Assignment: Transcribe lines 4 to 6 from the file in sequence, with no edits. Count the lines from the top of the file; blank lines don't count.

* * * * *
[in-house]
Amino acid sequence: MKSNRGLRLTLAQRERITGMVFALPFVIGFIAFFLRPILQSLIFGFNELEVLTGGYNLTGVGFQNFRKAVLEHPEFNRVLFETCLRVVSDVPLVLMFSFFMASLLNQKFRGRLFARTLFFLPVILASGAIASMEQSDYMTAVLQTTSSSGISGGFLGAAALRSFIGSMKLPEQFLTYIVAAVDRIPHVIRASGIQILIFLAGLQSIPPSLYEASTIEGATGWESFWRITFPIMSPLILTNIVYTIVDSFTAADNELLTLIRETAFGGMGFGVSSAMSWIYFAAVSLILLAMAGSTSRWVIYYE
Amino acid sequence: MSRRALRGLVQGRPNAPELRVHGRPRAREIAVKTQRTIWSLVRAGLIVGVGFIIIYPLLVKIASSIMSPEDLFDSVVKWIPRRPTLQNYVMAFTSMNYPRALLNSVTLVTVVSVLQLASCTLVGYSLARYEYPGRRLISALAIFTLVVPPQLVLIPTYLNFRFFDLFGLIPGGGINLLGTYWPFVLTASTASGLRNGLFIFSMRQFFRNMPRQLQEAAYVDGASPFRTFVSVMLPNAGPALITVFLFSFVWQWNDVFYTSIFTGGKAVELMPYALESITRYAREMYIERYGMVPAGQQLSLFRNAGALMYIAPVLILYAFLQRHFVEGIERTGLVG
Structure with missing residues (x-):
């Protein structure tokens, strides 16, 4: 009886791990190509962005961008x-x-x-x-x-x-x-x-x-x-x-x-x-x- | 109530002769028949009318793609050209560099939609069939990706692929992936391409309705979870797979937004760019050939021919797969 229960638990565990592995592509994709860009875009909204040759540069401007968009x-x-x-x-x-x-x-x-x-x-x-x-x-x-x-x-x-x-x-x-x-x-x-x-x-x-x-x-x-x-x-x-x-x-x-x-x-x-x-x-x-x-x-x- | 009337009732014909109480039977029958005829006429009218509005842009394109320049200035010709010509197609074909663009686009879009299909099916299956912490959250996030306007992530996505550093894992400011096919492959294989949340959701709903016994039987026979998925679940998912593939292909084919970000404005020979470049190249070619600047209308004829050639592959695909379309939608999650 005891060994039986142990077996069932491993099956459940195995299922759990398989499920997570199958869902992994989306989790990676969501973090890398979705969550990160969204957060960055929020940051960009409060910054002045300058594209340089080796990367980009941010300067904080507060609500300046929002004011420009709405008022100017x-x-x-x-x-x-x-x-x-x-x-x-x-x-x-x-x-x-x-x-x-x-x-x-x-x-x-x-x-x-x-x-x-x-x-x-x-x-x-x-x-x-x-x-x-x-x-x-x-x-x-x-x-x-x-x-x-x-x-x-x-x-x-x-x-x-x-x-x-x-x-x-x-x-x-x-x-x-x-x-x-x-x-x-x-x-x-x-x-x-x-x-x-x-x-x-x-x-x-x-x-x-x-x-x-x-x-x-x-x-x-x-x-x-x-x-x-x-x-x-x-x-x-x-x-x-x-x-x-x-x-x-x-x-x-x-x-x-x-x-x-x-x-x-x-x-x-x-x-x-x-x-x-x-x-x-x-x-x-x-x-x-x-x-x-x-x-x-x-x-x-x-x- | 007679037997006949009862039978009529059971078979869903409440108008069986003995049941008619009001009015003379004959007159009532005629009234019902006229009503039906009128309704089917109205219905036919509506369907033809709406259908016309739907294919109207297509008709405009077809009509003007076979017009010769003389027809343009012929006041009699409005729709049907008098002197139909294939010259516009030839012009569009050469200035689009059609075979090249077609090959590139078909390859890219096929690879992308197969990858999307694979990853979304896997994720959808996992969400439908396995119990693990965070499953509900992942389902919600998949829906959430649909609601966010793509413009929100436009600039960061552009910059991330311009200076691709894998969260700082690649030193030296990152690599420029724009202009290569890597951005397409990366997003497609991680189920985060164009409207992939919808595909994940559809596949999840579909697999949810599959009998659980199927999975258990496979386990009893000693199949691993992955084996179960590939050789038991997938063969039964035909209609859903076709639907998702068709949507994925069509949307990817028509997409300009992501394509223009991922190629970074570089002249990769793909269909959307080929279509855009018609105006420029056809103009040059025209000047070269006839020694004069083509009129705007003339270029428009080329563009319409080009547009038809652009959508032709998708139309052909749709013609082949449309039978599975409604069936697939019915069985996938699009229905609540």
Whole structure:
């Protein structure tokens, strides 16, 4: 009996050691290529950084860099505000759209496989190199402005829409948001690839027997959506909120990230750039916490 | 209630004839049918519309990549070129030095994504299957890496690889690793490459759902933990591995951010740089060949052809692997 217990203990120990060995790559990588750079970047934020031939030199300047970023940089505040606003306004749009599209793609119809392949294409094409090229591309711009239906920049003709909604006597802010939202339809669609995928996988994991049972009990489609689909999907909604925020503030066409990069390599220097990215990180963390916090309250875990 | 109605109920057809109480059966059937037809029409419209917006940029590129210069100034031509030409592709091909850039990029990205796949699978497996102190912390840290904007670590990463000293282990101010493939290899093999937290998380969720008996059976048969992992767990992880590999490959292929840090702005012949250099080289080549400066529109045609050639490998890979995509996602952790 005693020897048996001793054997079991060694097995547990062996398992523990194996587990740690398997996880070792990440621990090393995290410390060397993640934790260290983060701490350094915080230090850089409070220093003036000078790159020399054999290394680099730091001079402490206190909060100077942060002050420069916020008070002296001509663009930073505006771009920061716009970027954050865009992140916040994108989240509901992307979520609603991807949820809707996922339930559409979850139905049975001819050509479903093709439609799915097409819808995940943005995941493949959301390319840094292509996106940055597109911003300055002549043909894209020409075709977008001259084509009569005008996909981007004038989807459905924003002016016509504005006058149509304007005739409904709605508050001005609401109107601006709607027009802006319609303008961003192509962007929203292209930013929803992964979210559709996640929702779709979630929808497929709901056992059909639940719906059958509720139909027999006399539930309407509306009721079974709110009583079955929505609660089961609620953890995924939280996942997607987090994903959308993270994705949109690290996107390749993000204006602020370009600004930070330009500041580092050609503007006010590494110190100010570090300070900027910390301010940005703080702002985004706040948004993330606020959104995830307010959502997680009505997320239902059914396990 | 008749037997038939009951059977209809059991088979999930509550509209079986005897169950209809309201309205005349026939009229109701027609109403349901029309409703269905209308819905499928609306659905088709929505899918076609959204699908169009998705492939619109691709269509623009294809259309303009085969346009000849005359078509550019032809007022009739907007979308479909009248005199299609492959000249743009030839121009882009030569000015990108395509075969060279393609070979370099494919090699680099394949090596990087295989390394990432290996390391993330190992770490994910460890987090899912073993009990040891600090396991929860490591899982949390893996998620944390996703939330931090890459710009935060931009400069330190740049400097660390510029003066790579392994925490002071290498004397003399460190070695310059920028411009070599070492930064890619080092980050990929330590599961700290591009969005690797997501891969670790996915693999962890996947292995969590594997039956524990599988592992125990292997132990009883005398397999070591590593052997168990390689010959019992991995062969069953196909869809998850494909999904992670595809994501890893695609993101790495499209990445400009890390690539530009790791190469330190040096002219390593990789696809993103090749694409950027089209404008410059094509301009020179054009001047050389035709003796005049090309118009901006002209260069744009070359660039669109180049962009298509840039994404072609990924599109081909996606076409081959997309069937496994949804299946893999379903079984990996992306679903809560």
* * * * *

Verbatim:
Structure with missing residues (x-):
């Protein structure tokens, strides 16, 4: 009886791990190509962005961008x-x-x-x-x-x-x-x-x-x-x-x-x-x- | 109530002769028949009318793609050209560099939609069939990706692929992936391409309705979870797979937004760019050939021919797969 229960638990565990592995592509994709860009875009909204040759540069401007968009x-x-x-x-x-x-x-x-x-x-x-x-x-x-x-x-x-x-x-x-x-x-x-x-x-x-x-x-x-x-x-x-x-x-x-x-x-x-x-x-x-x-x-x- | 009337009732014909109480039977029958005829006429009218509005842009394109320049200035010709010509197609074909663009686009879009299909099916299956912490959250996030306007992530996505550093894992400011096919492959294989949340959701709903016994039987026979998925679940998912593939292909084919970000404005020979470049190249070619600047209308004829050639592959695909379309939608999650 005891060994039986142990077996069932491993099956459940195995299922759990398989499920997570199958869902992994989306989790990676969501973090890398979705969550990160969204957060960055929020940051960009409060910054002045300058594209340089080796990367980009941010300067904080507060609500300046929002004011420009709405008022100017x-x-x-x-x-x-x-x-x-x-x-x-x-x-x-x-x-x-x-x-x-x-x-x-x-x-x-x-x-x-x-x-x-x-x-x-x-x-x-x-x-x-x-x-x-x-x-x-x-x-x-x-x-x-x-x-x-x-x-x-x-x-x-x-x-x-x-x-x-x-x-x-x-x-x-x-x-x-x-x-x-x-x-x-x-x-x-x-x-x-x-x-x-x-x-x-x-x-x-x-x-x-x-x-x-x-x-x-x-x-x-x-x-x-x-x-x-x-x-x-x-x-x-x-x-x-x-x-x-x-x-x-x-x-x-x-x-x-x-x-x-x-x-x-x-x-x-x-x-x-x-x-x-x-x-x-x-x-x-x-x-x-x-x-x-x-x-x-x-x-x-x-x- | 007679037997006949009862039978009529059971078979869903409440108008069986003995049941008619009001009015003379004959007159009532005629009234019902006229009503039906009128309704089917109205219905036919509506369907033809709406259908016309739907294919109207297509008709405009077809009509003007076979017009010769003389027809343009012929006041009699409005729709049907008098002197139909294939010259516009030839012009569009050469200035689009059609075979090249077609090959590139078909390859890219096929690879992308197969990858999307694979990853979304896997994720959808996992969400439908396995119990693990965070499953509900992942389902919600998949829906959430649909609601966010793509413009929100436009600039960061552009910059991330311009200076691709894998969260700082690649030193030296990152690599420029724009202009290569890597951005397409990366997003497609991680189920985060164009409207992939919808595909994940559809596949999840579909697999949810599959009998659980199927999975258990496979386990009893000693199949691993992955084996179960590939050789038991997938063969039964035909209609859903076709639907998702068709949507994925069509949307990817028509997409300009992501394509223009991922190629970074570089002249990769793909269909959307080929279509855009018609105006420029056809103009040059025209000047070269006839020694004069083509009129705007003339270029428009080329563009319409080009547009038809652009959508032709998708139309052909749709013609082949449309039978599975409604069936697939019915069985996938699009229905609540």
Whole structure: